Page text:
Azalea Northern Lights Series 'Electric Lights™ Red'
It is nice in a weird sort of way to peruse seed selling sites and see "sold out" banners on various varieties. After years of decline in the horticultural sector, suddenly everyone is gardening. Growing some cut flowers for your own summer supply is becoming a "thing". It means people and their businesses will make money on the plants they hold. It means more plants will be available to more people rather than held tightly in the hands of a few collectors. It means more plants will be hybridized and more research on plants will be done. It is pretty much a big win all around.
In the short term, however, with more demand comes shortages. With shortages, comes rising prices. Last year, it seemed there were no clematis to be had. A scant few rose varieties were available. What was available, seems to have high price tags attached. There were some poor quality plants out there, in stock; and everything was smaller. A particular shrub cultivar? Good luck sourcing it-- anywhere.
This year the costs of shipping are going add to the price tag of the plants at your local independent and big box store garden center. I work at a local independent garden center. Last spring we had numerous varieties of perennials sell out in just days from our Open for the Season Day. Your independent garden center buyer is already getting in line for their 2023 and even 2024 orders for everything from plant plugs to pottery.
So words of wisdom, if you see it and you really want it-- buy it. Don't assume you will see it cheaper at the big box store. Make your plan. List the plants you are looking for and have an alternate plant listed. Look for the alternatives at the same time you are looking for your favorites. Expect sticker shock.
Dahlia 'Penhill Watermelon'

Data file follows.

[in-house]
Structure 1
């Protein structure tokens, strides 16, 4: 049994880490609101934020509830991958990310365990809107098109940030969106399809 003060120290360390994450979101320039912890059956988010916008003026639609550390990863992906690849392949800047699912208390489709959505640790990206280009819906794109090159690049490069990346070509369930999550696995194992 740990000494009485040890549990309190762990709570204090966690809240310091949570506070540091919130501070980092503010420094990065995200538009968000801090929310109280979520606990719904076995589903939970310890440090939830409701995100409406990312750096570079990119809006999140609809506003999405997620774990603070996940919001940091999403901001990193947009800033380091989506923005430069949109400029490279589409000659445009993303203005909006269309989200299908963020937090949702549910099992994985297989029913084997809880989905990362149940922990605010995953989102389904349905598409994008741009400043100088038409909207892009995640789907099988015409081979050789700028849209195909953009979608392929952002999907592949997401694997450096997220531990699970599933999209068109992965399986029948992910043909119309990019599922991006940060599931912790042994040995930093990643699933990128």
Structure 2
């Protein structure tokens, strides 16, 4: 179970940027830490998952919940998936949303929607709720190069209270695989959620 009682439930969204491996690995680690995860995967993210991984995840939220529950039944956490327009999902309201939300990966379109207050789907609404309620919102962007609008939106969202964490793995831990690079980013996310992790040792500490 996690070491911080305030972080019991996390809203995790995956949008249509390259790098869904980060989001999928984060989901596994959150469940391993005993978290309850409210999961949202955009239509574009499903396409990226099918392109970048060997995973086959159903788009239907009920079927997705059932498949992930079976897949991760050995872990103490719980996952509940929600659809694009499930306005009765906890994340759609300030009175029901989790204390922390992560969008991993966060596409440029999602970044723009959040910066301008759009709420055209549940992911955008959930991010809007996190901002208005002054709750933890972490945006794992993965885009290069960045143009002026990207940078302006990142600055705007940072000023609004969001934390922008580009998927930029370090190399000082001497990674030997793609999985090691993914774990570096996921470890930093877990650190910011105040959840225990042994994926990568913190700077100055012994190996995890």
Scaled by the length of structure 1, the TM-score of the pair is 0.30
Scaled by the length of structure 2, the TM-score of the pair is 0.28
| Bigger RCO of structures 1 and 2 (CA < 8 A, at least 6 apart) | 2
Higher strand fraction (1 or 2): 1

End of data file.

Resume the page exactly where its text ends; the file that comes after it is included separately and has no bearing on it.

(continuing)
Last year when we could get a particular plant, it was often a smaller size or grade than we had previously offered. For me personally, I was shocked at the small size of the dahlia tubers I received on orders placed in January, and the number of varieties that I was shorted after having previously had a confirmed order. Approximately one out of every three tubers, did not have an eye and did not sprout. Only half of the remaining tubers actually pushed out a flower or two.
One Impatiens 'Big Bounce Lilac' filled a whole container with a 16" diameter.
Don't expect sales. At the garden center, in early June, we have typically run a trunk load sale, with a "buy some number of annuals, get one free" to clear annuals we hadn't sold by Memorial Day. (It is often a hectic number of days between Mothers' Day and Memorial Day as everyone plants up all their pots and containers for the summer months.) This last year, we had the sale, but many things we had previously featured on the sale were not on sale and the volume of material to discount was low indeed.
What to do? As I mentioned, if you want it, buy it. The. First. Time. You. See. It. Know where you can scrimp on plants. (Will one Impatiens 'Big Bounce' fill a pot for you rather than planting three starts of something else?) While you are at the garden center will an herb fill a pot as easily as a flowering plant and add to your food budget, as well? Can a tomato fill an ornamental void? How about chard? Salad anyone? Take advantage of any value-added services the garden center may offer; pruning technique class... a soap-making class?
I am so glad we are all reconnecting with our gardens and nature. The independent garden centers have had a hard pull the past decade. Support the garden center that brings in plants from their region or produces their own plugs. Do they have their own native beds to produce their native plants or grow on their own seed. Ask where they purchase their garden art. Is a large percentage produced locally? Do they support their local community and charities? Make local as important as native. Make community count.